1. An F1 team supported SOLELY for Taku Sato? I like Sato, a LOT, he’s improving from the old B.A.R. days, he’s a superb F1 personality, he needs an F1 seat but…….Super Aguri is in it SOLELY for Sato is a bit of a stretch. And I question if Davisdon is going to get the boot, he may have been a gift from Honda but he’s qualified well (as well as the car will permit) he races well (when in the clear) and replacing him just to have a Jap name in his seat is a folly! Super Aguri will survive unless Williams and Co manage to screw the customer teams. And who looses in that situation…..only the F1 ‘fans’.

  2. I think the threat to Davidson is not coming from the nationality policy of the team. The threat is coming from financial situation… The team needs a sponsor or investor or buyer or a pay driver. Investor or buyer may push for his own driver to get the seat. Pay driver – well that probably would not be Davidson …

    And yes, the team was set up to keep Sato in F1 … That might not be 100% the case any more, but that was the case during the 2005/2006 winter …

  3. Things could change a lot for this team if there is any truth to rumors of Alonso joining Button and Brawn at Honda-with Rubens shifting over to Super Aguri. If things get straightened out with the Honda team, they could use Aguri more effectively. Watch Ross B. figure out a clever way to do this.

  4. i very much doubt that rubens would want to spend another day in the ’07 honda! let alone another season!
    the team is solely for sato, always has been.
    annoying thing is, all the decent drivers who cant get a drive mainly for finacial reasons yet he gets given a seat simply cos of his nationality!
    even worse is, he’s no good!
    i could understand if he was a talent, but he’s not.
    thats the diff between his situation and having a schu or alonso have a team built around him!

  5. Methinks Ross Brawn, being Ross Brawn, will find a clever use for Super Aguri. Keeping that team alive is, even post-Sato, still in Honda’s best interests. Just recently, they used Super Aguri to test 3 of their young drivers. I’m pretty sure that if any of them had F1 potential, they would need to do a year first with Super Aguri before being considered for the factory team.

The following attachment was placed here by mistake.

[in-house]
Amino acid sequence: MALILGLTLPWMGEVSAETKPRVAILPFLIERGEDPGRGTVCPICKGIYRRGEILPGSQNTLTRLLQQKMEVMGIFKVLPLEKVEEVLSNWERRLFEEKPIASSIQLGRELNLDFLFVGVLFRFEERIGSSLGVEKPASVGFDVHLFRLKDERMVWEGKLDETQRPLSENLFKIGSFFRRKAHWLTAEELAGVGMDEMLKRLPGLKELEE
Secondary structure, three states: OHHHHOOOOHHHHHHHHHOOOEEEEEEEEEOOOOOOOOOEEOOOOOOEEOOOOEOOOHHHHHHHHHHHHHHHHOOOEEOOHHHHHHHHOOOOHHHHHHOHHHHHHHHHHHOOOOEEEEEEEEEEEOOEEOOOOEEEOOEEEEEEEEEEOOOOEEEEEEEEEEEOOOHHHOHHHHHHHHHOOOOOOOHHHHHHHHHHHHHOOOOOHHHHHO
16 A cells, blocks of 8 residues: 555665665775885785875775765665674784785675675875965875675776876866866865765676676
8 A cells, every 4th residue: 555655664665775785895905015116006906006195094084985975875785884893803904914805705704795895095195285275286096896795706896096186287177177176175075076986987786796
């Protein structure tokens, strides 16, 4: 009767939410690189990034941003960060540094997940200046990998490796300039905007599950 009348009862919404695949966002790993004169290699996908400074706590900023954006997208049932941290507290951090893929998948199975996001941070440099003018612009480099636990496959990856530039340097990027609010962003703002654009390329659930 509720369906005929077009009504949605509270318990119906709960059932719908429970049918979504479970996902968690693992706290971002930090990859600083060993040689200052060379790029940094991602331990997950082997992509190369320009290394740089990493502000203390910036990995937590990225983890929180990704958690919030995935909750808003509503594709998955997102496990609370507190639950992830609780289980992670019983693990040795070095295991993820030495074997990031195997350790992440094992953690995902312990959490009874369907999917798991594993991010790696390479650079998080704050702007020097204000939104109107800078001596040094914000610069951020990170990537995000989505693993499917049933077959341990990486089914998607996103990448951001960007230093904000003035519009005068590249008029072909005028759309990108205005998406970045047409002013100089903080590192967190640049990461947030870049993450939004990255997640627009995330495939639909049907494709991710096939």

6. Both “Super” Aguri and STR are cheats imo, and the sooner they leave the better.

  7. yes super aguri was set up to keep Sato in F1 after widespread critisismn in Japan and it would make sound economic sense forHonda to use them as a feeder/trial team to try out new parts before they are put on to the main honda car – but development of new technology driven by the manufacturers is being hampered by the deadly twins – and if they dont want it wont be – I think that there is nothing wrong in any team having a “A” and “B” team it would get rid of the customers car problem and they would be awarded points for “B” team constructors championship alongside the existing constuctors points – they race more than 2 categories at the like of le mans so wheres the problem – and think of the passing opportunties – why not try that bernie/max

  8. Some details of the scale of Super Aguri’s troubles emerged today. Daniele Audetto put the sum lost because of SS United at $30m and a further $10m coming from Giedo van der Garde’s sponsors went unrealised because he ended up driving for Spyker.